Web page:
Read Matthew 8:18-34
As a Marine officer on active duty, many young men would express interest in joining the Marine Corps. They often asked, “What will they give me?”
My answer was consistent with thousands of other Marines who had like queries. I said, “A pack, a rifle, and a hard time.” For the kid looking for some easy college money, that was usually the end of the conversation. Some, however, were intrigued all the more.
The young girl who wins the Olympics in skating or gymnastics is interviewed about her other interests, and she says, “I don’t have other interests. Skating is my life.”
Your typical kid these days wants to be a major league baseball player or design video games or be the lead vocalist for a hit group. Most, in fact the vast majority, will never do the physical training, take the math and science courses, or learn music in pursuit of any of these so called professions.
Most see a lifestyle as appealing and just say that’s what I am going to do without giving a thought to the cost of pursuing such a dream. Few will pay the cost.
A teacher of the law—someone who had already invested a lot of time and effort in education—told Jesus that he would follow him wherever he went.
Jesus replied that foxes had holes to rest in and birds had nests but that the Son of Man had no place to lay his head. That did not mean that he was a homeless wanderer. It meant that Jesus was always on the way to do his Father’s work.
He might be on a mountain top in the morning and headed across the lake in the afternoon.
He might be in Samaria or Galilee or headed to the temple.
He might spend the whole day healing or teaching.
His life and his every moment belonged to his Father in heaven. He was doing his will not touring the Middle East.
This wasn’t an 8 hour a day job. There was no vacation package or 401K.
Jesus didn’t need followers who would pack up and go home when the going got tough or they just got homesick.
Another man—this one without named qualifications—said that he was ready to go, except that he needed to bury his father first.
That would seem like a reasonable and humane request, but the reply was a bit abrupt: “Let the dead bury their own dead.”
With Jesus, it was and is all or nothing. You might think that he was the Son of a jealous God.
But this is critical to our discipleship. You can’t sort of follow Jesus. He is not a Monday-Wednesday-Friday class with a lab on Sunday.
The question that we should ask ourselves is simple. Are we among the living?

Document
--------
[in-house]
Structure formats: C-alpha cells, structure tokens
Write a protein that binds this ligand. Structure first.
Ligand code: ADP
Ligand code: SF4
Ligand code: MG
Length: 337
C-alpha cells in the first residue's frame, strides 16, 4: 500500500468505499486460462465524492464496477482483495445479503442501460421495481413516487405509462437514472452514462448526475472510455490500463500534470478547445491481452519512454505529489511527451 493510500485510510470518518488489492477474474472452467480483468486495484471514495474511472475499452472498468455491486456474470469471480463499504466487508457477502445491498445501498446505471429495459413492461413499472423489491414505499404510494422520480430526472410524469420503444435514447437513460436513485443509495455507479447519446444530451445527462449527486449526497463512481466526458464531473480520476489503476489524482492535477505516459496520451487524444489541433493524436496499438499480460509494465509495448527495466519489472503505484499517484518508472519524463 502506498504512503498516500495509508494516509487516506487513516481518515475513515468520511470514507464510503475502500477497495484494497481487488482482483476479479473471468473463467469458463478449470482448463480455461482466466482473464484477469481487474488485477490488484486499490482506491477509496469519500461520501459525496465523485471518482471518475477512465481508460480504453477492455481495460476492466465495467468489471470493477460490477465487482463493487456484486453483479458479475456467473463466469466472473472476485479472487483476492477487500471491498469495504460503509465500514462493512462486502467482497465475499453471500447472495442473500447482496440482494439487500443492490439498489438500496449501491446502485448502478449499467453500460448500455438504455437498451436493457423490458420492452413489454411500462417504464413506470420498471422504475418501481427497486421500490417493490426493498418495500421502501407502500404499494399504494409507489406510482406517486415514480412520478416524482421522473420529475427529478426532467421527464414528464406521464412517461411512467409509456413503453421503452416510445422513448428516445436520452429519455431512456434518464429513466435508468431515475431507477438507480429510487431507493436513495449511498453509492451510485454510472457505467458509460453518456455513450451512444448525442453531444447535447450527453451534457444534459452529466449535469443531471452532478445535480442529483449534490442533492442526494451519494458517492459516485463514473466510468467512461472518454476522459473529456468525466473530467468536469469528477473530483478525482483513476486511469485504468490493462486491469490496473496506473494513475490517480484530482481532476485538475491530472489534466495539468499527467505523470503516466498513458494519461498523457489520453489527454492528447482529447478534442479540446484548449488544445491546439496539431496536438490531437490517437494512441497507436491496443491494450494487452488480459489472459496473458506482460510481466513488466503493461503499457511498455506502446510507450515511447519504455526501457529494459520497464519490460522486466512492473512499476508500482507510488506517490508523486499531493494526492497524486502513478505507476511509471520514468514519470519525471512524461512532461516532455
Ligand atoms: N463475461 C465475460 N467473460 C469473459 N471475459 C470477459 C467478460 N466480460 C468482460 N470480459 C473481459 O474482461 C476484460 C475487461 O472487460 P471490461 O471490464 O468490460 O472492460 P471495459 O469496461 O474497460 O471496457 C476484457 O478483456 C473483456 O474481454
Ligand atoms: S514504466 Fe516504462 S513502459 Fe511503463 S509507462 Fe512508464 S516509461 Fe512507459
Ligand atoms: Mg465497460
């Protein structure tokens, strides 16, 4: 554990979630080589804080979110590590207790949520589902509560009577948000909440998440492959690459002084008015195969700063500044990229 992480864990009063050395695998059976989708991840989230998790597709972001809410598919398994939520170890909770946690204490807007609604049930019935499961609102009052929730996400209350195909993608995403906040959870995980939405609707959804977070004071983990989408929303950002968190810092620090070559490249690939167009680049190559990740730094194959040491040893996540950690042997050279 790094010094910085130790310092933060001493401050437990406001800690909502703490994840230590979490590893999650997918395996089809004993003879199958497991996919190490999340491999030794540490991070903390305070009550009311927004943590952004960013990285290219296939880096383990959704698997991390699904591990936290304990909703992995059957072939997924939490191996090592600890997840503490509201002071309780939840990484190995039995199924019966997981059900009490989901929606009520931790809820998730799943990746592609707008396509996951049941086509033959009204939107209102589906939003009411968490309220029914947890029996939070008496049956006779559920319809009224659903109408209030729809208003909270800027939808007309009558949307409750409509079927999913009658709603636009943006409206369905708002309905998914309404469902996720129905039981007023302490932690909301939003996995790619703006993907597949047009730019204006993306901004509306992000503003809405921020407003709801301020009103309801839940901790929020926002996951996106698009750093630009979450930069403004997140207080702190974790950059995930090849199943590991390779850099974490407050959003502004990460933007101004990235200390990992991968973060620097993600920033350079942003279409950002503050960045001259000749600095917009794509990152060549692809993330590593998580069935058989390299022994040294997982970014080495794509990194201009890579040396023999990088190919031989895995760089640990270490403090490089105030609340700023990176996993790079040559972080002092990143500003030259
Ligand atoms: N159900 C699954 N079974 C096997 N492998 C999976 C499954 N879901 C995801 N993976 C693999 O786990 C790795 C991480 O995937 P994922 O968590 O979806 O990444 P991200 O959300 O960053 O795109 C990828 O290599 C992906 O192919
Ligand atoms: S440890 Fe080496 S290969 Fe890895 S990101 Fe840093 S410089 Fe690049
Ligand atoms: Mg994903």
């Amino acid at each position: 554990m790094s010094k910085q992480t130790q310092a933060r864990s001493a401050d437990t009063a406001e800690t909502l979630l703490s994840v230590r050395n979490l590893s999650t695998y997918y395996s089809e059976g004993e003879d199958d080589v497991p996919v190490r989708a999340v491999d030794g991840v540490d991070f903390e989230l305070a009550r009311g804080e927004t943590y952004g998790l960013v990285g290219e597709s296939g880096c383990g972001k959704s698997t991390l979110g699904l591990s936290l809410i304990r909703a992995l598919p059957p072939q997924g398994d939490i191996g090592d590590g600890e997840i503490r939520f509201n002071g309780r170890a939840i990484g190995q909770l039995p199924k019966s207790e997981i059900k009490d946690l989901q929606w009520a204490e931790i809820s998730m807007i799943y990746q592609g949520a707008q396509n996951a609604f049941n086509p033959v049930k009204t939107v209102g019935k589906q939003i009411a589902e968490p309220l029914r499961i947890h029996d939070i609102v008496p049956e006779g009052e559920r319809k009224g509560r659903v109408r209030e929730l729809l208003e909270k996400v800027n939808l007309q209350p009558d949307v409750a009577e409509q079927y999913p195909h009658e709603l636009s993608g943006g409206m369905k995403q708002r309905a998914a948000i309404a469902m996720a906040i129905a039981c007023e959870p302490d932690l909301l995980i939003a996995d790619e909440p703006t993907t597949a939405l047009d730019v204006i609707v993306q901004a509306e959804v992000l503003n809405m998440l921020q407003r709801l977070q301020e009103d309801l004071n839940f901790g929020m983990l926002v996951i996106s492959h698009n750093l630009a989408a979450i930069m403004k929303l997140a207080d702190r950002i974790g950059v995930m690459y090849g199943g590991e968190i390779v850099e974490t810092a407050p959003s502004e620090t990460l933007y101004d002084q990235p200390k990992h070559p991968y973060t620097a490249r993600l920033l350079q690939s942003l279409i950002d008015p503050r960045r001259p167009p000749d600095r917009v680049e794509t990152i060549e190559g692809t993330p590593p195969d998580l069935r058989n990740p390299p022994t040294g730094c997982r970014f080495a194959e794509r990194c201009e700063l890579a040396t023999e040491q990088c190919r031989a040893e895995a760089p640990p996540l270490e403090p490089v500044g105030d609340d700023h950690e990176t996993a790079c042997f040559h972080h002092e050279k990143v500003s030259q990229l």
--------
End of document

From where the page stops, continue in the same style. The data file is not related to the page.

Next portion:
Are we following Jesus or hanging out with the dead.
I can relate very well to the next part of this section. Jesus is on a boat and goes to sleep and a storm comes up. Jesus doesn’t get up to calm the storm. He keeps on sleeping until his disciples wake him.
I have been on many ships and slept through rough seas. That is the good thing about being a Marine on a ship that is being tossed about. You can take a nap or get a good night’s sleep if the ship is being tossed about.
It is the Navy’s job to keep you afloat.
Now if the captain sounds general quarters and it is not a drill, some of my Marines surely found their way to the ship’s heavy machine guns. That’s something that a Leatherneck is equipped to do. Hit what he aims at.
But if it is just a storm, then take a nap and let the Navy do what they are trained to do.
Jesus is asleep and probably enjoying the rest. His disciples see only the storm and fear for their lives.
Jesus knows that he will die when his ministry on earth is complete but that death will be a sacrificial death and not a drowning.
But the disciples wake him and he calms the storm and they are amazed.
We would be too.
Telling stories about God parting the Red Sea for Moses is one thing. Having the forces of nature obey the command of the Guy sleeping in the boat with you is another. That’s first hand witness.
That’s an OMG moment for sure.
So let’s get the picture here. Jesus is telling people that they should follow him only if they can pay the price. Then he shows his closest disciples that if you are following him, you will be amazed at what’s next.
He tells his disciples that faith not fear is what will get them through their journey.
Not everyone was thrilled with the mighty acts or miracles of Jesus. Take the people of the region called Gaderenes, probably east of the Sea of Galilee.
There were two men possessed by demons that hung out near the tombs and terrorized anyone who came near. This surely wasn’t a good thing for the tourist brochure, but people seemed to be content with it.
Jesus comes to the area and the demons within the men recognize Jesus as the Son of God. They also know that there will be a time for their punishment and ask Jesus if he is moving up the schedule.
At the request of the demons in these men, Jesus sent them into a herd of pigs. I don’t know the logistics of how many pigs per demon are possible, but the whole herd went over a cliff.
After those tending the pigs told the people of the town, the townsfolk asked Jesus to leave.
Perhaps Jesus had put a kink in the plans for the Bacon Fest the follow week or they just were not willing to pay the price of following Jesus.
Thanks, but no thanks was their answer.
Our challenge is to chose Jesus and be all in when we do. There is no middle ground. You follow Jesus and live by faith, or not.
Jesus doesn’t do lukewarm.
So let us answer the challenge that continues in this century by following Jesus, choosing to be among the living, and trusting him even in—especially in our storms.
I have decided to follow Jesus, no turning back, no turning back.